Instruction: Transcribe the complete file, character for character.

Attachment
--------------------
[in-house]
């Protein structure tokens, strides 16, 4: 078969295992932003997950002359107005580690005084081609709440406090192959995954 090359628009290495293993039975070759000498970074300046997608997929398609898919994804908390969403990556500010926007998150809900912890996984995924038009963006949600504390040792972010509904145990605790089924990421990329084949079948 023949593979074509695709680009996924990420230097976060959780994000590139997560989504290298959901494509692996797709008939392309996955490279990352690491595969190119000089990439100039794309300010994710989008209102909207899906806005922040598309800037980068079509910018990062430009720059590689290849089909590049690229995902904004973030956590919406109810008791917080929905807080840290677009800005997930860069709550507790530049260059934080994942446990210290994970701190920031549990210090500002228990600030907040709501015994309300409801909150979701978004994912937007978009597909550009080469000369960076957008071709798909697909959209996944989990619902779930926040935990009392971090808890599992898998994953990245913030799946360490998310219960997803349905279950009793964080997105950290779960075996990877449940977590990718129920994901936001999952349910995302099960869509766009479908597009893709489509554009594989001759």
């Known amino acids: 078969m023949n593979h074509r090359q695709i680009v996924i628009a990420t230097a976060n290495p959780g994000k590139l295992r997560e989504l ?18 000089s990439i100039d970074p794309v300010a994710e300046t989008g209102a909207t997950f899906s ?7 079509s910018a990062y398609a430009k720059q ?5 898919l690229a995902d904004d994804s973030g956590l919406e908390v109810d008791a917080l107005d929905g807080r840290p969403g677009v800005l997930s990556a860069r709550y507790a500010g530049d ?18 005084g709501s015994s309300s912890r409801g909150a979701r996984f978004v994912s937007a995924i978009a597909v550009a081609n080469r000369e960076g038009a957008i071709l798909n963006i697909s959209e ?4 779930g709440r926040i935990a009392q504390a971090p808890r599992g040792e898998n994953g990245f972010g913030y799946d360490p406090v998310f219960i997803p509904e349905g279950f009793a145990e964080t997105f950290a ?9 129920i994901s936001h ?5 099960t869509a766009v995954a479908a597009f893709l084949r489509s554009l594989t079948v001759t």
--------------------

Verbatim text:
[in-house]
């Protein structure tokens, strides 16, 4: 078969295992932003997950002359107005580690005084081609709440406090192959995954 090359628009290495293993039975070759000498970074300046997608997929398609898919994804908390969403990556500010926007998150809900912890996984995924038009963006949600504390040792972010509904145990605790089924990421990329084949079948 023949593979074509695709680009996924990420230097976060959780994000590139997560989504290298959901494509692996797709008939392309996955490279990352690491595969190119000089990439100039794309300010994710989008209102909207899906806005922040598309800037980068079509910018990062430009720059590689290849089909590049690229995902904004973030956590919406109810008791917080929905807080840290677009800005997930860069709550507790530049260059934080994942446990210290994970701190920031549990210090500002228990600030907040709501015994309300409801909150979701978004994912937007978009597909550009080469000369960076957008071709798909697909959209996944989990619902779930926040935990009392971090808890599992898998994953990245913030799946360490998310219960997803349905279950009793964080997105950290779960075996990877449940977590990718129920994901936001999952349910995302099960869509766009479908597009893709489509554009594989001759």
């Known amino acids: 078969m023949n593979h074509r090359q695709i680009v996924i628009a990420t230097a976060n290495p959780g994000k590139l295992r997560e989504l ?18 000089s990439i100039d970074p794309v300010a994710e300046t989008g209102a909207t997950f899906s ?7 079509s910018a990062y398609a430009k720059q ?5 898919l690229a995902d904004d994804s973030g956590l919406e908390v109810d008791a917080l107005d929905g807080r840290p969403g677009v800005l997930s990556a860069r709550y507790a500010g530049d ?18 005084g709501s015994s309300s912890r409801g909150a979701r996984f978004v994912s937007a995924i978009a597909v550009a081609n080469r000369e960076g038009a957008i071709l798909n963006i697909s959209e ?4 779930g709440r926040i935990a009392q504390a971090p808890r599992g040792e898998n994953g990245f972010g913030y799946d360490p406090v998310f219960i997803p509904e349905g279950f009793a145990e964080t997105f950290a ?9 129920i994901s936001h ?5 099960t869509a766009v995954a479908a597009f893709l084949r489509s554009l594989t079948v001759t």